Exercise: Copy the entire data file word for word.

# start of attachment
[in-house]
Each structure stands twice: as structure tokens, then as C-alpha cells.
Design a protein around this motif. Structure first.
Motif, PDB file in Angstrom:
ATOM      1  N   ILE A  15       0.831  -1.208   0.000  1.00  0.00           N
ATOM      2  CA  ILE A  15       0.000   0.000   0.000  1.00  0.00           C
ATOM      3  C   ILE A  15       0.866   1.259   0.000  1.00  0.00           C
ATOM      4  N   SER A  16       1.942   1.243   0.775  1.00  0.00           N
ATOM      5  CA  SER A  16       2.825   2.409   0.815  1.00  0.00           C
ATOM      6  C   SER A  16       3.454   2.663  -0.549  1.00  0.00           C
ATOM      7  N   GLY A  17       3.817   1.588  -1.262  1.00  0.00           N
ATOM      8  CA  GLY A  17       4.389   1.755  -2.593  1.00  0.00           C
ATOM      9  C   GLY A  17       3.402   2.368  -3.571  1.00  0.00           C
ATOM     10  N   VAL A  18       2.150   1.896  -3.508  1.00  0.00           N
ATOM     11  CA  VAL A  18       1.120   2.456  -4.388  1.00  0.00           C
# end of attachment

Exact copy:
[in-house]
Each structure stands twice: as structure tokens, then as C-alpha cells.
Design a protein around this motif. Structure first.
Motif, PDB file in Angstrom:
ATOM      1  N   ILE A  15       0.831  -1.208   0.000  1.00  0.00           N
ATOM      2  CA  ILE A  15       0.000   0.000   0.000  1.00  0.00           C
ATOM      3  C   ILE A  15       0.866   1.259   0.000  1.00  0.00           C
ATOM      4  N   SER A  16       1.942   1.243   0.775  1.00  0.00           N
ATOM      5  CA  SER A  16       2.825   2.409   0.815  1.00  0.00           C
ATOM      6  C   SER A  16       3.454   2.663  -0.549  1.00  0.00           C
ATOM      7  N   GLY A  17       3.817   1.588  -1.262  1.00  0.00           N
ATOM      8  CA  GLY A  17       4.389   1.755  -2.593  1.00  0.00           C
ATOM      9  C   GLY A  17       3.402   2.368  -3.571  1.00  0.00           C
ATOM     10  N   VAL A  18       2.150   1.896  -3.508  1.00  0.00           N
ATOM     11  CA  VAL A  18       1.120   2.456  -4.388  1.00  0.00           C